Both the Syrian regime and the rebel Free Syrian Army have agreed to a peace plan brokered by Kofi Annan, the U.N.-Arab League joint special envoy. A key element of the plan involves a cease-fire by all parties plus the withdrawal of Syrian forces from populated areas.
But there have been continuing reports of attacks and clashes since an April 12 cease-fire went into effect.
U.N. Secretary-General Ban Ki-moon said the elections would not mean much if they were occurring amid violence. "Only a comprehensive and inclusive political dialogue can lead to a genuine democratic future in Syria," said a representative for Ban in a statement. "These elections are not taking place within that framework. Moreover, a democratic process cannot be successful while violence is still ongoing. It is essential that there be a cessation of violence in all its forms and action to implement the joint special envoy's six-point proposal."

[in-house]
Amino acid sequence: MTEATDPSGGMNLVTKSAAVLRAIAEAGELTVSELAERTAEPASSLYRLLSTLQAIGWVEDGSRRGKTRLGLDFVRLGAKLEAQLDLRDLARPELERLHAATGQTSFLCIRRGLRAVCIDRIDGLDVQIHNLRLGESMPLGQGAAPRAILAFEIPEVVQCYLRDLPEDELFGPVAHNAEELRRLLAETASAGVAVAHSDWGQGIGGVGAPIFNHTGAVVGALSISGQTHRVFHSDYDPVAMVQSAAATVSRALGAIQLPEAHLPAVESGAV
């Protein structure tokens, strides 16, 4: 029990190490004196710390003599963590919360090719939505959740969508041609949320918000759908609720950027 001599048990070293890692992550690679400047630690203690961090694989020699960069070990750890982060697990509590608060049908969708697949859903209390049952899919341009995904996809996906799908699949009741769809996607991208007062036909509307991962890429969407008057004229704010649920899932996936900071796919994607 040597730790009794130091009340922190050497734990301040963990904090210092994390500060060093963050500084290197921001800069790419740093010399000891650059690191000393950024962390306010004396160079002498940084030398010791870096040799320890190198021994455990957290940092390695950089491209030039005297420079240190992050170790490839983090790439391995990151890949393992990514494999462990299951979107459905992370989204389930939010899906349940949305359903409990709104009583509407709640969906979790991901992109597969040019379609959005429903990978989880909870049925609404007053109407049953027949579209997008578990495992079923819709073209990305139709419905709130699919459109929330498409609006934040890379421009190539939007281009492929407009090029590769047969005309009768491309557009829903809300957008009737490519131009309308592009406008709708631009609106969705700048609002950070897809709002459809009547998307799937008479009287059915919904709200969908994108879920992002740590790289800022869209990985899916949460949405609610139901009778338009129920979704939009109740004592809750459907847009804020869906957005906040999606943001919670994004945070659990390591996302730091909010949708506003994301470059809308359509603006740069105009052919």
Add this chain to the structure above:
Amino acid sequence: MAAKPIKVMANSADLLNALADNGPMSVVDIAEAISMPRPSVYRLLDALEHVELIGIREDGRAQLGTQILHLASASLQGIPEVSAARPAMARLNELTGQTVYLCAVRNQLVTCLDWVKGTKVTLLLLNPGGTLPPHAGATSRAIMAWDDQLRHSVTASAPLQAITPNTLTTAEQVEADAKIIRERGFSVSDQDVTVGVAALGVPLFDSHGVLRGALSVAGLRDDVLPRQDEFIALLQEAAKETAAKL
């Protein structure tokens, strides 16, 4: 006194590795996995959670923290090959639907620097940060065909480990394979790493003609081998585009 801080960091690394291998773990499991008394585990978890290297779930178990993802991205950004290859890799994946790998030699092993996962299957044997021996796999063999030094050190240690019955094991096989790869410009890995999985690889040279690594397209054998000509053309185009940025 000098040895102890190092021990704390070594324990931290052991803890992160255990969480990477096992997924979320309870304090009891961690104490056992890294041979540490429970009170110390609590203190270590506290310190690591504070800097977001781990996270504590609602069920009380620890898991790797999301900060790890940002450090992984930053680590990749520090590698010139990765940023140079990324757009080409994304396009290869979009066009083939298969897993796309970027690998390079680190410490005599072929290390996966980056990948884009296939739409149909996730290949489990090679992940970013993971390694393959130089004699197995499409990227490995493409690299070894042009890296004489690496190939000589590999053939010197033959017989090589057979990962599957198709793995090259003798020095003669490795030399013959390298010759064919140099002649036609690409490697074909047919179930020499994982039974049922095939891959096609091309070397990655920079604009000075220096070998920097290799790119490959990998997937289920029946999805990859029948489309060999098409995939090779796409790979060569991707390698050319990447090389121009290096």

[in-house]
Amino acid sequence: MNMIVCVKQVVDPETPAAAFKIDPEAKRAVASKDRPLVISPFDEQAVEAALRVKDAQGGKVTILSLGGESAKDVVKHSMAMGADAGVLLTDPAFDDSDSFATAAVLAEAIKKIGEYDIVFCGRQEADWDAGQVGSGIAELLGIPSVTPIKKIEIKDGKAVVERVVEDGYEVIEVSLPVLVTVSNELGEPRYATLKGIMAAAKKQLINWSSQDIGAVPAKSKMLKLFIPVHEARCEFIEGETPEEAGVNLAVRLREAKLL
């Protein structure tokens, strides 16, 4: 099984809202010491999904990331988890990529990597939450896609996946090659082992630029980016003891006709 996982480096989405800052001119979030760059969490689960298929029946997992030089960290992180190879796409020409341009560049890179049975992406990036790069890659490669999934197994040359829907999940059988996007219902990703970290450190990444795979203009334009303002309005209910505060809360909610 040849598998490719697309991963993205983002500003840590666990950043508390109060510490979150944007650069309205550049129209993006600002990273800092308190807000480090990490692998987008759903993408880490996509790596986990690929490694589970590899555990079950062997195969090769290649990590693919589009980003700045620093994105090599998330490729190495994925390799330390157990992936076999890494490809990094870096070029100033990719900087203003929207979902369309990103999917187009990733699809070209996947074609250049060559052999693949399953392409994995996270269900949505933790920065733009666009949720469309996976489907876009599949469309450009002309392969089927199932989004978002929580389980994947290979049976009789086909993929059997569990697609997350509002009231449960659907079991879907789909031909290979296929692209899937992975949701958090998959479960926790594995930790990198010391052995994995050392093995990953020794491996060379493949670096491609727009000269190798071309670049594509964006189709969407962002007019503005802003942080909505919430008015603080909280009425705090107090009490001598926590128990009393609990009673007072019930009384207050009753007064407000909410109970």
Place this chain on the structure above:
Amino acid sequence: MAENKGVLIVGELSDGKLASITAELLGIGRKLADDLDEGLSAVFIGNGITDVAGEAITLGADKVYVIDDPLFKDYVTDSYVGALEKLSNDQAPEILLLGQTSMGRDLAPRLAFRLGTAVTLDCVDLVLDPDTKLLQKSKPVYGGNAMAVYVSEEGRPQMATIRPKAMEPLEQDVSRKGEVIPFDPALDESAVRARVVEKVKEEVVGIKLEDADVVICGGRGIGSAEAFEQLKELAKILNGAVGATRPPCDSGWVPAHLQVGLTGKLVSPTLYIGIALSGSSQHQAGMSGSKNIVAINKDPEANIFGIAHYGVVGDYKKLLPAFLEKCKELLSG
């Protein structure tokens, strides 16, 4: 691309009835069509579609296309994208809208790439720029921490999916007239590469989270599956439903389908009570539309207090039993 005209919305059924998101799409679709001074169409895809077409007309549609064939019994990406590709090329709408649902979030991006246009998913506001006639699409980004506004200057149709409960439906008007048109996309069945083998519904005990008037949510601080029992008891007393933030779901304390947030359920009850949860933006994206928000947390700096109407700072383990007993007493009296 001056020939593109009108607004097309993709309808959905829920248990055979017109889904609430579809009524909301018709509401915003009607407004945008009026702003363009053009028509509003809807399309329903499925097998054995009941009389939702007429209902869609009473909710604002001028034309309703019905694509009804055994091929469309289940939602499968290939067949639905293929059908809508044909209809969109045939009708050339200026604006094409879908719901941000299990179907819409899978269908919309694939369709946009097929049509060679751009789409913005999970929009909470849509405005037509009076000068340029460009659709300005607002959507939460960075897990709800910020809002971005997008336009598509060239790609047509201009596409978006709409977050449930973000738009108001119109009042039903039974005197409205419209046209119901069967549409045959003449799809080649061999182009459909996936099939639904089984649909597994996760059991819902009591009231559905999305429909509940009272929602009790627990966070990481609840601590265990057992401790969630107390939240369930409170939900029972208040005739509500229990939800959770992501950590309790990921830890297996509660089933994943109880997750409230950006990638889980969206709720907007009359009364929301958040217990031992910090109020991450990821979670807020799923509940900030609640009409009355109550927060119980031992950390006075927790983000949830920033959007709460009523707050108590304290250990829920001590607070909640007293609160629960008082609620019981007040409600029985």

The plan calls for the government to allow humanitarian aid groups access to the population, the release of detainees, initiation of political dialogue and withdrawal of troops from city centers.
Seventy U.N. observers are in Syria, according to the state-run news agency, with more expected next week and 300 expected by the end of the month to monitor the cease-fire and peace plan.